Tuesday, January 31, 2006

Bad Influence

I'm trying to remember how old I was when I started reading Romances. I know I started with a few Harlequins which I kept under the bed. One of which was Janet Dailey's The Thawing of Mara. I seem to remember this one solely for the fact that the hero's name was Sin. (Ooooo.) And, obviously, the heroine's name was Mara. I also remember a scene where he invites her to dinner and cooks two steaks with a fresh green salad. Don't know why, but that image is the ONLY one I remember from the book. I don't even remember why Mara had to be thawed. (Had something to do with her father?) (And my last parenthetical comment on this book is that I didn't realize it was by Janet Dailey until I went to Google the title to see if an image existed. One does, but not the one I remember.) The other Harlequin I have absolutely no memory of.

Let's just not walk down the path of memory lane wherein lies the moment where my Harvard-educated mother found these books under my bed. Yowza! To say she was "disappointed" in my reading choices is more than a mild understatement. To her it was as if she had found a pound of weed under there. Man, was she pissed.

I remember graduating to bodice rippers in prep school, which would have been when I was 15. I distinctly remember buying Jude Deveraux's Highland Velvet in a bookstore near the school. I totally fell for this cover. Swwooosh! And she's up on the horse! Ooo. My little teenaged heart just pitter pattered. I remember staring at it for the longest time screwing up my courage to actually buy it. I really felt as if I were about to buy a box of condoms, I was that embarrassed. But on the other hand, I REALLY had to own that book.

OK. So now, ahem, as a much more mature person, I'm a little embarrassed by having been taken in by this cover. But, boy did it work as a marketing tool in 1982. And well, you know, just because I'm feeling a touch defensive, she does have normal sized breasts, and the descriptions of the main characters do match the cover. The horse is de trop.

I read every Deveraux I could find and shortly thereafter moved on to Shirley Busbee, Johanna Lindsey, Roberta Gellis, a touch of Beatrice Small, and Julie Garwood and Judith McNaught. Glom Glom Glom, gobble gobble gobble.

Now I have a reasonable collection of romances in my bedroom (Arnette Lamb, Laura Kinsale, selected Julie Garwoods, some Judith Ivories, and a couple of Mary Baloghs). I also have many boxes of romances in the hallway. Most of the boxed books I bought in a lot on eBay so I could trade them on Paperback BookSwap for books I really want.

So my ever-precocious daughter (11) has been asking me what in the world all these books are which come and go through the mail. And I've given her the literary criticism version of the obsession. They're about two people meeting and falling in love. They tend to be set in very specific time periods, and there's a basic formula to the plot. Oh, and by the way, there's sex.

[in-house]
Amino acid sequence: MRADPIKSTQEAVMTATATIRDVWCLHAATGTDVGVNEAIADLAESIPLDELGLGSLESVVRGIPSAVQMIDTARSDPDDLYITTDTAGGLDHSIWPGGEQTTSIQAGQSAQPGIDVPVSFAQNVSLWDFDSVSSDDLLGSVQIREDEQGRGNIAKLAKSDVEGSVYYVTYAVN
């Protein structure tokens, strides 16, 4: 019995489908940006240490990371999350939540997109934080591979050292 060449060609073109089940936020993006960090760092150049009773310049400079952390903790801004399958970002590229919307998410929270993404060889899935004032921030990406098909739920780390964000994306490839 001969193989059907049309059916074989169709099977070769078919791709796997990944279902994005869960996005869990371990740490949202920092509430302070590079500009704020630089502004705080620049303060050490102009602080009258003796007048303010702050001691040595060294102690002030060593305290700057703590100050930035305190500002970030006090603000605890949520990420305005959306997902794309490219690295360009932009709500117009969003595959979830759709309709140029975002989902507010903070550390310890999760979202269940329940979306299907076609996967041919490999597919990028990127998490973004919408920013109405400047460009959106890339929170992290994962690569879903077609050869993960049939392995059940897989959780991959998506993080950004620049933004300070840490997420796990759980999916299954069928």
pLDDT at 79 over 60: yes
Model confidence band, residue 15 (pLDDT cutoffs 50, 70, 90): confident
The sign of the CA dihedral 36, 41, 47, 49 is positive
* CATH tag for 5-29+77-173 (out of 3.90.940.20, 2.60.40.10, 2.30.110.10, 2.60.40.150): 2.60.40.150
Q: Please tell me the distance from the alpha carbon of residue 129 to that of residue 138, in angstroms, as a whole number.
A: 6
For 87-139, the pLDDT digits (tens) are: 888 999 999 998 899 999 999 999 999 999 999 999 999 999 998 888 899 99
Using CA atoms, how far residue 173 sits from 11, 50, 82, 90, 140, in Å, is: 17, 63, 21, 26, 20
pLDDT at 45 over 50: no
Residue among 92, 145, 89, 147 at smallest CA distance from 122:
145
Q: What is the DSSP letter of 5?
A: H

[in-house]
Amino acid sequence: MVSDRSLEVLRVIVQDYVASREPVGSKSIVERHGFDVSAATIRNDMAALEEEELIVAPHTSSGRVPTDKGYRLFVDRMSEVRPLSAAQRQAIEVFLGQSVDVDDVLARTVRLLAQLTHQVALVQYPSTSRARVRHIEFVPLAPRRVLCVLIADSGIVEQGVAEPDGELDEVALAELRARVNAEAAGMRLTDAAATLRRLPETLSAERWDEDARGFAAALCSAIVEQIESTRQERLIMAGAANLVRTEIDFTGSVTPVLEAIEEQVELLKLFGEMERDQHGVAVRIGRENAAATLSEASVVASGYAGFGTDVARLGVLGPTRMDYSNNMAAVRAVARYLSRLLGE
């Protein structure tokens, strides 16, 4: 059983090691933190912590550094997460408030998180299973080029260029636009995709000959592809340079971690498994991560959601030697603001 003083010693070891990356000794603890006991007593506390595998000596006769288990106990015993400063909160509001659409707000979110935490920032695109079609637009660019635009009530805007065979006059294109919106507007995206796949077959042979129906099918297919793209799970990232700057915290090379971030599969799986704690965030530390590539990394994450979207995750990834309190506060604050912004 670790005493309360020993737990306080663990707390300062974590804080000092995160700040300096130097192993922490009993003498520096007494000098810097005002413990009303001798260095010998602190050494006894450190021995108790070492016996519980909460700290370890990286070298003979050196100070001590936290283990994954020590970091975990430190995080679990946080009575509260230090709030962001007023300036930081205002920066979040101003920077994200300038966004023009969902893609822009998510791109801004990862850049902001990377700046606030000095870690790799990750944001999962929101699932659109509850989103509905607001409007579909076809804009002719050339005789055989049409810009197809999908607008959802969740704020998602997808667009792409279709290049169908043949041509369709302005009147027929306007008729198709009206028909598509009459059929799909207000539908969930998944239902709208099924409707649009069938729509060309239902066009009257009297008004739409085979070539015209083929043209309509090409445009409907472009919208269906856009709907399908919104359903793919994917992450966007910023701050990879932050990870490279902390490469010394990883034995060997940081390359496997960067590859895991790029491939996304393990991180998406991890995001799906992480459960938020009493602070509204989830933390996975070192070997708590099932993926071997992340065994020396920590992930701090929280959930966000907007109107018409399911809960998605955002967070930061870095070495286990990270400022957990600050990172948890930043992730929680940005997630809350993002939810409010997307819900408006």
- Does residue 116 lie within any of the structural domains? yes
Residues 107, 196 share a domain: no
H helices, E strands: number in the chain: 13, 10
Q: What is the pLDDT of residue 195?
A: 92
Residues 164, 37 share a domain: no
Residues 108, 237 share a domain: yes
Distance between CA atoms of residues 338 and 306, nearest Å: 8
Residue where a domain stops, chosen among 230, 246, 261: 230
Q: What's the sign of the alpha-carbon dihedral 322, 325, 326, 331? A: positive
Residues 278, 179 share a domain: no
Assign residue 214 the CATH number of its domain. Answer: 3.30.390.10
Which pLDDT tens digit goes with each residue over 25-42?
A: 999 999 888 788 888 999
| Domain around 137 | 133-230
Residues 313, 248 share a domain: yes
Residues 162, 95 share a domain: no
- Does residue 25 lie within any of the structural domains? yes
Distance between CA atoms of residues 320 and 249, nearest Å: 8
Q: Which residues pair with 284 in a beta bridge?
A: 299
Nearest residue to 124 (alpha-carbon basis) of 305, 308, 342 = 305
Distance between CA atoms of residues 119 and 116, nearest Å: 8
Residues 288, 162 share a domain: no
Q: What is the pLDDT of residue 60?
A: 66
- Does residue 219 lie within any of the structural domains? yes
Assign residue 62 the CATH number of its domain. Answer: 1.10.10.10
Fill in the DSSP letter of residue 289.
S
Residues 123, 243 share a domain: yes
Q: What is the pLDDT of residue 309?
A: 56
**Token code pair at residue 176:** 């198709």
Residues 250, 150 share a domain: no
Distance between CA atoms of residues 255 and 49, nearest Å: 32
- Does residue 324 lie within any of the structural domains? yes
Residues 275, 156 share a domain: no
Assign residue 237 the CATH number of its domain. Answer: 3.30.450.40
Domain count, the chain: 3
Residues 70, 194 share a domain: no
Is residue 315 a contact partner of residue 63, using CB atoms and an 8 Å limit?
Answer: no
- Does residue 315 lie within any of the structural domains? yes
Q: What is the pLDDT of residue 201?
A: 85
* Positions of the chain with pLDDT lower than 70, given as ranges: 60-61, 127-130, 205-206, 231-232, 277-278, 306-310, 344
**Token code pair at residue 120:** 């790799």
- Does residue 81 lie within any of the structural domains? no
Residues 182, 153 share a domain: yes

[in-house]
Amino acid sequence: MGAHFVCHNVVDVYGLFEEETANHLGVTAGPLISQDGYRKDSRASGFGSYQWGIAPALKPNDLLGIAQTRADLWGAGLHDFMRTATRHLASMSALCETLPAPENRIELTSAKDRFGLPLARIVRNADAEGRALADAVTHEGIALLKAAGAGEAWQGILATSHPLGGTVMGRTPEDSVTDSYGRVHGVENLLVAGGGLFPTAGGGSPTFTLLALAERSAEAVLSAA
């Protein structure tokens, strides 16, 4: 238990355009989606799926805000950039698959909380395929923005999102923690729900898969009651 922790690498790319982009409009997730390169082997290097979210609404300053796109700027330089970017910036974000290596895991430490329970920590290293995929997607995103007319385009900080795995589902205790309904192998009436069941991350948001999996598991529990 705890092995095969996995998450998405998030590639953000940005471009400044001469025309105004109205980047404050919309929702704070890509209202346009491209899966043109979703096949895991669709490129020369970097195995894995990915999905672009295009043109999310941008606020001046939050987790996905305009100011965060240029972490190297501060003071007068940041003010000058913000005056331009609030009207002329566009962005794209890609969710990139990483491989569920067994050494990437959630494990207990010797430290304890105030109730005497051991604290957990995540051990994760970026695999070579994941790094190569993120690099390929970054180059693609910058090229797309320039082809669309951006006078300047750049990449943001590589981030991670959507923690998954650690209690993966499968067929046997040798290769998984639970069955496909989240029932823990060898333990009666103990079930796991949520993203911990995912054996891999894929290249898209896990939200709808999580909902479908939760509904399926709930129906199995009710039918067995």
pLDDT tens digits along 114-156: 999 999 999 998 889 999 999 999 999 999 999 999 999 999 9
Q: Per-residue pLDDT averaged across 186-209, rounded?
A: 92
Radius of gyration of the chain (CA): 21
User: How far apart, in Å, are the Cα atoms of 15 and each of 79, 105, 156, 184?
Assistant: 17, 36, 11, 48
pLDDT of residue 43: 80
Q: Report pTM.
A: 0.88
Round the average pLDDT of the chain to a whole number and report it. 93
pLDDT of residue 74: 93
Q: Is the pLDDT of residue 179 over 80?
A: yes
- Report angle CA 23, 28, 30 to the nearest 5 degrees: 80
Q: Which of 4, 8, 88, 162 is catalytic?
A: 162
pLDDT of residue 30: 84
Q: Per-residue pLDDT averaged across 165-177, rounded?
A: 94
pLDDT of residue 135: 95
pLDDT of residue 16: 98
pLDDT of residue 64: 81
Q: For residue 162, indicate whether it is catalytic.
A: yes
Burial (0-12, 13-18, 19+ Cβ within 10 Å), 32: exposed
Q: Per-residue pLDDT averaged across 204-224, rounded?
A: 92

"Ew," says the pre-teen.

"Phew," says the Mom to herself. Because I kind of knew that she'd get grossed out by sex. (I think the falling in love part is probably OK, but physical sex? Yuckers.)

So a few days ago she comes down to breakfast and asks me over cereal, "Have you read Mr. Impossible? I really liked it."

"Eh. Well, I kind of read it, but I think I had been reading too many, and I didn't really like it."

"Oh! You should read it! It's all about this girl who's really smart but no one thinks she is, and they go through pyramids, and you should try it again."

OK. Coffee is slowly seeping into my brain and the synapses finally click together. Shit. That's not rated "sweet", as in kissing only. There's full-on sex in that one. Damn Damn Damn. OK. Calm down. She was going to grow into this at some point. Deep breath.

"So, uh, didn't the sex kind of bother you? Like isn't it pretty, you know, like, strong in that one?" (OK, don't hurt me--I say "like" a lot when I'm stressed.)

"Yeah. But they let you know when it's coming."

Turns out she's read a bunch at this point--and not Harlequins. She's straight into the European Historicals. Oh Lord. I am such a bad influence.

It's not like I can tell her not to read them. (Although I'm hiding Hot Spell from her--Mommy's not ready for romantica discussions just yet.) She has a theme she gravitates to: she likes stories about women who are smarter than people give them credit for. And she's smart and opinionated, so I can see where this works.

I am so waiting for some dear friend's mother to call me one night to say, "Do you KNOW what your daughter is READING??" Gah. (Of course, simply typing that reminded me that I have already had to ask her not to bring the romance she's working on to school to read during recess.)

I certainly enjoy talking about romances, so that will be cool to share with her. But I wasn't ready for this to start in fifth grade. Kids these days.

PS: She was right. Mr. Impossible is a good book and did deserve a re-read.


P.Devi said...

Ha. I was lucky enough that my parents never enquired into my reading habits--and I was reading adult romances by age 12 or 13. I'm sure they kept their gray hair at bay longer for it. Poor you!

Megan Frampton said...


My Harvard-educated mother was the one who brought home the trash...which I started reading even earlier than your daughter (but they were Barbara Cartlands, so nothing but ellipses). I quickly graduated to steamier stuff, including a boatload of Rosemary Rogers. Which my mom also brought into the house, and didn't care if I read. Hm. And look how well I--oh, never mind.

She sounds like a cool kid.

Jay said...

Hahahahaha that's pretty funny. I think I started romance with Harlequin American Romances - I liked the ones about a bumbling father with a baby.

My mom never really cared that I was reading romance but I do remember feeling weird sharing books with her. I read faster than her so we'd buy a book, I'd read stuff first, and then give it to her, like, ::crosses fingers:: please just let her gloss over the part where Chase did that thing with his leg...